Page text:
Of all the things I love spending time looking at for the home, entomology, curios and Victorian natural history are amongst the most regular. One of my favourite things in the flat is my collection of butterflies below.
But there is a difference between taking influence from the past and simply recreating pastiche. It is a difficult line to balance as Baz Luhrmann’s latest production of the Great Gatsby attests, I found it crude, oversimplified, overly signposted history-bling. At the same time I applaud his attempt to remould the old for modern sensibilities.
Now I don’t want to pastiche the Victorian era – too dark, too fussy, too much wood – however I like the oddities when they don’t look contrived. One of the most stunning things I have seen this year was Richard Harris’s personal cabinet of curiosities relating to death, on display at The Wellcome Collection, it included this stunning chandelier made from human bones – so grotesque and beautiful at the same time.
I love curios or objects that are surprising, particularly victorian examples, think architectural follies, the grand tours and taxonomy. In the flat we have witches mirrors, framed old magic lantern slides and I seem to be buying things with entomology on all the time:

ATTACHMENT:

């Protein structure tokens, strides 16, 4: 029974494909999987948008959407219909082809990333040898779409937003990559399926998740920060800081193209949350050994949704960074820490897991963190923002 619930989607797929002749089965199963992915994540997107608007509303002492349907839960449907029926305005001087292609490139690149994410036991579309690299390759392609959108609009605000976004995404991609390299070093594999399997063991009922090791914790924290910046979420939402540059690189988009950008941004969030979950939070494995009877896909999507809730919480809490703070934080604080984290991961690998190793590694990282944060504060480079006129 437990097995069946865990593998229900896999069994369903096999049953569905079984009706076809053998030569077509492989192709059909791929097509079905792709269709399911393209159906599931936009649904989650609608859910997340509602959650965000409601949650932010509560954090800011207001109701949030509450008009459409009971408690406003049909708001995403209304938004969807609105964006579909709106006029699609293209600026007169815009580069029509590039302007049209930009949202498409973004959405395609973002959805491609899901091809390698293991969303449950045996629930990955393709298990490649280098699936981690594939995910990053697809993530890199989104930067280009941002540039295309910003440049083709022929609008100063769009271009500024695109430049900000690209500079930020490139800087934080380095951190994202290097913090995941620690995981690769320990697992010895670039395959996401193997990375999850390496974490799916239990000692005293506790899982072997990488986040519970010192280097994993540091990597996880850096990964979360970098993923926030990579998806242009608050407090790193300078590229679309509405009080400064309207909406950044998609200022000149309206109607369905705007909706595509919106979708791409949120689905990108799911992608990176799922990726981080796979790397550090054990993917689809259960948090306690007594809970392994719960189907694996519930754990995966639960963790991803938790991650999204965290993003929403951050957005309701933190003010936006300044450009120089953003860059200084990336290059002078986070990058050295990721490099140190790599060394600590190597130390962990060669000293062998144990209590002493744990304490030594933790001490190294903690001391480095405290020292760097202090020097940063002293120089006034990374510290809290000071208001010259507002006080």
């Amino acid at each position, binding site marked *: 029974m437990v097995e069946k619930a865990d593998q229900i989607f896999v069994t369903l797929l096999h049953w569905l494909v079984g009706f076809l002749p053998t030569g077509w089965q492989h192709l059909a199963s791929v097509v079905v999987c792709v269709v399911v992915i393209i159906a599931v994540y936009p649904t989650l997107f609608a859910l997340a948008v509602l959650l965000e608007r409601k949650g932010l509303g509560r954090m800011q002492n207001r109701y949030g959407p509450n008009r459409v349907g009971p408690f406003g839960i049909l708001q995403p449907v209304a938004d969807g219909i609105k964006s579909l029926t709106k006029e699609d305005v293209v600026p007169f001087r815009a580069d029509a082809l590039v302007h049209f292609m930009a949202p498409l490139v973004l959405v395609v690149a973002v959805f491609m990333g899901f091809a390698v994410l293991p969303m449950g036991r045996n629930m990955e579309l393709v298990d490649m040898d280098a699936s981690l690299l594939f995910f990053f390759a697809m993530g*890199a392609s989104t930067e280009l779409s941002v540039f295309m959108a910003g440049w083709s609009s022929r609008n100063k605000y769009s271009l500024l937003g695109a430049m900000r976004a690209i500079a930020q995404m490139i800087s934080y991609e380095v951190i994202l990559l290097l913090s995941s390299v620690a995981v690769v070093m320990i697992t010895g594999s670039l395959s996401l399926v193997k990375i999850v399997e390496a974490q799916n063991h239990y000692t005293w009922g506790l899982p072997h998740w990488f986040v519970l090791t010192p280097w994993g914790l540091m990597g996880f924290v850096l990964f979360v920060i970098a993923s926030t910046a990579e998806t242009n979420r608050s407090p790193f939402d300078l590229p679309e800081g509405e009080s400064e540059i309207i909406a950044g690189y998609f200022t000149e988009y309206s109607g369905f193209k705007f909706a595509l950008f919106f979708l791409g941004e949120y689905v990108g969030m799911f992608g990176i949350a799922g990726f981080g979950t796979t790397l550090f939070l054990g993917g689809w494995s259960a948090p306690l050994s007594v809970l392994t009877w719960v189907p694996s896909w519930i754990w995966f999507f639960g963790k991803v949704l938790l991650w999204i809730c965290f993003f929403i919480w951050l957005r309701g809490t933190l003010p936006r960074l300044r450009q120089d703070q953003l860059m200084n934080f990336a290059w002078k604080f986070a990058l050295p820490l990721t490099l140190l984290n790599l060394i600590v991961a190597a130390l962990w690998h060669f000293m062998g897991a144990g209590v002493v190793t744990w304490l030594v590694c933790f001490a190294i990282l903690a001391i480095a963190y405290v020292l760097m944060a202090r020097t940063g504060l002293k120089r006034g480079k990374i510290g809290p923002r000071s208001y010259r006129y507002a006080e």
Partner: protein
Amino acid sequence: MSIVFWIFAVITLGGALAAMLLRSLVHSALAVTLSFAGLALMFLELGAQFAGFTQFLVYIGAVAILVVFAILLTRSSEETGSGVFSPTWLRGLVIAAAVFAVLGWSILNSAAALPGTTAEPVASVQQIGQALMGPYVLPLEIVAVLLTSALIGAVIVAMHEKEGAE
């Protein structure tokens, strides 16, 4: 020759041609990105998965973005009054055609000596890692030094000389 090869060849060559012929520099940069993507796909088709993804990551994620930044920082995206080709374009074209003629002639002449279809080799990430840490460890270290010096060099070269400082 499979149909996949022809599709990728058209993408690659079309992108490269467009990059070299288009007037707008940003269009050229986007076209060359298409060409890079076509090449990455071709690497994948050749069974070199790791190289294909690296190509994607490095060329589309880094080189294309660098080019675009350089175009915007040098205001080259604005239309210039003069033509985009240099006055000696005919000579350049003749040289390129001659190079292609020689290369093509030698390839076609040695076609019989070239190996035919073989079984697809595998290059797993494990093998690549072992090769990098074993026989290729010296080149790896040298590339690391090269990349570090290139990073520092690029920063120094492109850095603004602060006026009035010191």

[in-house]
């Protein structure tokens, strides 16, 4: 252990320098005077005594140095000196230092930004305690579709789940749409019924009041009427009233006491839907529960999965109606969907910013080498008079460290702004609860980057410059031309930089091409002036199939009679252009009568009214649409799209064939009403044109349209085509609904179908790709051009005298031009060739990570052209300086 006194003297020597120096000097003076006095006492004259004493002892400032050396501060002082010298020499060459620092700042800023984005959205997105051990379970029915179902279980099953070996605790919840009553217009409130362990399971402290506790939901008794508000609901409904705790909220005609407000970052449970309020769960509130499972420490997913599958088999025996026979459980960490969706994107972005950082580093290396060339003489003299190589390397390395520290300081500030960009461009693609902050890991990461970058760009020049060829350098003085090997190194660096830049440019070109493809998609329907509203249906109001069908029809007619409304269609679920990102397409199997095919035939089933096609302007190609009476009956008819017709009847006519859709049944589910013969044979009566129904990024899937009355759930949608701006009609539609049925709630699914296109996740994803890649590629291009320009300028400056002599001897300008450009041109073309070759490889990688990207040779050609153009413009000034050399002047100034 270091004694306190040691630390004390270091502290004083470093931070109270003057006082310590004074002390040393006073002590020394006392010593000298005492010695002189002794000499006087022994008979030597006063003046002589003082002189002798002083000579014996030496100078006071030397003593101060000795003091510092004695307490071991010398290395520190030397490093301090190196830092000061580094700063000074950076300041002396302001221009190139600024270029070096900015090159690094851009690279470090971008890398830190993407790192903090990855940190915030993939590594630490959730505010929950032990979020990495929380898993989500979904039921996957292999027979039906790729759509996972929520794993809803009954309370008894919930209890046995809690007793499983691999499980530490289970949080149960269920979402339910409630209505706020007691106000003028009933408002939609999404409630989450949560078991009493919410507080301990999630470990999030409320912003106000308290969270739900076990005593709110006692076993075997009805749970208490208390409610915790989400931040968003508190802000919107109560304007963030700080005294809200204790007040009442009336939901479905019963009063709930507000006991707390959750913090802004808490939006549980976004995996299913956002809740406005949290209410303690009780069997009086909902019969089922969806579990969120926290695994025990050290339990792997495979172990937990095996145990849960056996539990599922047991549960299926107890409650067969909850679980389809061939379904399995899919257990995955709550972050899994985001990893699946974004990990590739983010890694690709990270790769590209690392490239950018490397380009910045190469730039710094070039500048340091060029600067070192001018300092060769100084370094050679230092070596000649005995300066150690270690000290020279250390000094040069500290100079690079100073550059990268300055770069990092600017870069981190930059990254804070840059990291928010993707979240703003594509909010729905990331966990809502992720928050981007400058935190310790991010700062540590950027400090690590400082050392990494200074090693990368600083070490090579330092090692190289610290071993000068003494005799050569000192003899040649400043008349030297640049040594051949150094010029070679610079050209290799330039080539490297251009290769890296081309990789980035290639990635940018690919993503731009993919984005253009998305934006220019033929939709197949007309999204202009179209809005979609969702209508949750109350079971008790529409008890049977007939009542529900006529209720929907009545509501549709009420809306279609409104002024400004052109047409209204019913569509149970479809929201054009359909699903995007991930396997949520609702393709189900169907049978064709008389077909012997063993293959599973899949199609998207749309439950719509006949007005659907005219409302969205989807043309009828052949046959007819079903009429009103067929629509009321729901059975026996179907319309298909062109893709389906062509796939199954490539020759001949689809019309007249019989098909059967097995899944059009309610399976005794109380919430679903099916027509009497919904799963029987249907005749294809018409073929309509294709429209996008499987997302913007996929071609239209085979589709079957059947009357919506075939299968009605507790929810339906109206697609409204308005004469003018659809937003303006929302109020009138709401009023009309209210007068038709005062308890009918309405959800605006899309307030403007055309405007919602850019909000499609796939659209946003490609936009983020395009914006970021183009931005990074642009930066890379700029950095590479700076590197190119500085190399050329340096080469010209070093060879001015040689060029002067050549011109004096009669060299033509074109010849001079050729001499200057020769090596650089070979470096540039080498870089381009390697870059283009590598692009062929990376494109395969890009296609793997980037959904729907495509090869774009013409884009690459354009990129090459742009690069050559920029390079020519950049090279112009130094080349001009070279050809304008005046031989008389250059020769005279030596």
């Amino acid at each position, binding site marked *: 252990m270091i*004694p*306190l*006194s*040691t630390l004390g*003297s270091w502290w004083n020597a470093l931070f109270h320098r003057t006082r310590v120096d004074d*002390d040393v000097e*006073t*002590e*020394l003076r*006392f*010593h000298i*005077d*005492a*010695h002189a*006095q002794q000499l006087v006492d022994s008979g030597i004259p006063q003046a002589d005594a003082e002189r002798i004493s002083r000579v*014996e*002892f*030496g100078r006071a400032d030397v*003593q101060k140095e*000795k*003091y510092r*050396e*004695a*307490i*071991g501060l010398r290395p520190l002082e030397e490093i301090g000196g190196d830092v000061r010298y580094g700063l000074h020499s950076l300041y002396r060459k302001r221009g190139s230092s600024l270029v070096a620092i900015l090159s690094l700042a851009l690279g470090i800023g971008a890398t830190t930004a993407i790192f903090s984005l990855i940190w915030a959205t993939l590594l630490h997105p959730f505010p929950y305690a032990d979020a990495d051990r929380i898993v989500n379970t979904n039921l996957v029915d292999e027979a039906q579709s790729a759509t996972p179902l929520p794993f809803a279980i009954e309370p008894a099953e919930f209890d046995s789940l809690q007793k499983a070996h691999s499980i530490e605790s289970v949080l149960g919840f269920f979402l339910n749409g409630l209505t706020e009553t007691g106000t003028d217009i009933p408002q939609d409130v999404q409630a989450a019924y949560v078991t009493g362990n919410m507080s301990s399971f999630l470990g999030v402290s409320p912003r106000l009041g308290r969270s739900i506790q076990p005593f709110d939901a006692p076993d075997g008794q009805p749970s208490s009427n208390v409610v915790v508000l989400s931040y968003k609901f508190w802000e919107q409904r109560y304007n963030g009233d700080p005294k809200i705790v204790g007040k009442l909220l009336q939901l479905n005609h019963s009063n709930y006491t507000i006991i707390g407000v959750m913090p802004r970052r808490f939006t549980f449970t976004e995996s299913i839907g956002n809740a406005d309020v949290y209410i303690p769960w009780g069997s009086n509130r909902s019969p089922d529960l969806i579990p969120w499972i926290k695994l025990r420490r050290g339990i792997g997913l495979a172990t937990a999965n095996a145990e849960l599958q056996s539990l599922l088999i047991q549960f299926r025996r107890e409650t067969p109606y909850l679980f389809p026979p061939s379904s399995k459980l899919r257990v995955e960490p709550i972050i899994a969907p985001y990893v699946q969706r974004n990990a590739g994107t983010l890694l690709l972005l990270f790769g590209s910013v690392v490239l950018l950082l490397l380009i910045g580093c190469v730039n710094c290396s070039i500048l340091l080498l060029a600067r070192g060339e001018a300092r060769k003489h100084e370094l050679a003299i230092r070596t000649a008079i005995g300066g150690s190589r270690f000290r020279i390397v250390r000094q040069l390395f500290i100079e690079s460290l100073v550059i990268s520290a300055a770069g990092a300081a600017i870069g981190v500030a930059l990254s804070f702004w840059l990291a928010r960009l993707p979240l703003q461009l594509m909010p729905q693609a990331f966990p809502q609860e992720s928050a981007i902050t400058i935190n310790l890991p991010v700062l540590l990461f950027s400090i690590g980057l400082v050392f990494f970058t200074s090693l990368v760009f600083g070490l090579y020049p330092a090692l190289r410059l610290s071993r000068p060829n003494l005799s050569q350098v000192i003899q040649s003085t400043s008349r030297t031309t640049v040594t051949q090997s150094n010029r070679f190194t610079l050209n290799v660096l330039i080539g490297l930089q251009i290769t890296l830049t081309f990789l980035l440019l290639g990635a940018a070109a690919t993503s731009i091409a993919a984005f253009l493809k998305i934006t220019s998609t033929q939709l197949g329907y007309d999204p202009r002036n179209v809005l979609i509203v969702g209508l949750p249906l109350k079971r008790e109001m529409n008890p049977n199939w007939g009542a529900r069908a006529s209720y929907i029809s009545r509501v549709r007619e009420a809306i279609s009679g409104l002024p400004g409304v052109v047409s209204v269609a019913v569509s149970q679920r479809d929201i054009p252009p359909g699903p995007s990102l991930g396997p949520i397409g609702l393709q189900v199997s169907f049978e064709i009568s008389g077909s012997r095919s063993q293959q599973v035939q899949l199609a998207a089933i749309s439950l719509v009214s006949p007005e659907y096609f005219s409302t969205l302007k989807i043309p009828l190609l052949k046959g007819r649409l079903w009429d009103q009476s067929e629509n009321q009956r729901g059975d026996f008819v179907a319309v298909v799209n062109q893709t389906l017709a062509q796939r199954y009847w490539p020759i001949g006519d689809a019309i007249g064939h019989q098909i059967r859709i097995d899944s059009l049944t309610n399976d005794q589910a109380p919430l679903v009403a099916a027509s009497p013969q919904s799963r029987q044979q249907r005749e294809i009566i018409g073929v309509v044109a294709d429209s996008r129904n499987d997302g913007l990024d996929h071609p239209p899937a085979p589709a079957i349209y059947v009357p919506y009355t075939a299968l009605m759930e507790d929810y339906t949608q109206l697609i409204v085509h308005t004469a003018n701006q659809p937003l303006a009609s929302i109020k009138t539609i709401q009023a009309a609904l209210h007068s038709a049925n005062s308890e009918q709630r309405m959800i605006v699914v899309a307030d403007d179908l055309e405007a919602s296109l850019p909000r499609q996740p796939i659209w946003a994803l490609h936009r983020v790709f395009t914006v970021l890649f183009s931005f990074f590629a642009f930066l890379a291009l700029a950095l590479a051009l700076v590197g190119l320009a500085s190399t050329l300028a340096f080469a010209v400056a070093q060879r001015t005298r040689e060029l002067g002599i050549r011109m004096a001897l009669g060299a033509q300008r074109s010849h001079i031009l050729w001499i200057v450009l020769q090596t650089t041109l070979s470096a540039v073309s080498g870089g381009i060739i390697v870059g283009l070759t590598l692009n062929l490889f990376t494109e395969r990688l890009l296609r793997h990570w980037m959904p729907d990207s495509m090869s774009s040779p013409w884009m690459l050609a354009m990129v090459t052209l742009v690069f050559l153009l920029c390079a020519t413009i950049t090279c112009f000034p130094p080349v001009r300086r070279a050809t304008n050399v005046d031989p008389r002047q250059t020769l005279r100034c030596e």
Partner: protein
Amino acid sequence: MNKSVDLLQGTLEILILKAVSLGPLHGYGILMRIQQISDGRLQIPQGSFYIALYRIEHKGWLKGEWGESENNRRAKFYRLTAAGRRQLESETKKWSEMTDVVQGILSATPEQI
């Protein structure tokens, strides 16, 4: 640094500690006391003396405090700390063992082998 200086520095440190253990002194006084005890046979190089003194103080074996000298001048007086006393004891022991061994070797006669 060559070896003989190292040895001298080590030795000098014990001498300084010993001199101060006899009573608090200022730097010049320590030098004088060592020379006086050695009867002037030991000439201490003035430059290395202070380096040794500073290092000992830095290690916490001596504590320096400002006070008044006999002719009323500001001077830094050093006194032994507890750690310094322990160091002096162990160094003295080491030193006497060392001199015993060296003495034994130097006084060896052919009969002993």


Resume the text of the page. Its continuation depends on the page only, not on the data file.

For the past year I have been looking for nineteenth century drawings of natural history to frame. I bought a lovely Cuvier plate on ebay but find most originals horribly expensive, especially those old science lesson hangings . So imagine my delight when I stumbled upon the Biodiversity Heritage Library’s Flickr stream this week. They have made over 73,000 images available and are really beautiful (I will not admit to how many hours I have spent looking at them this weekend!). There is everything from mollusks and coral plants to birds and bugs, here are some examples of my favourite entomology plates:
Now what to do with them…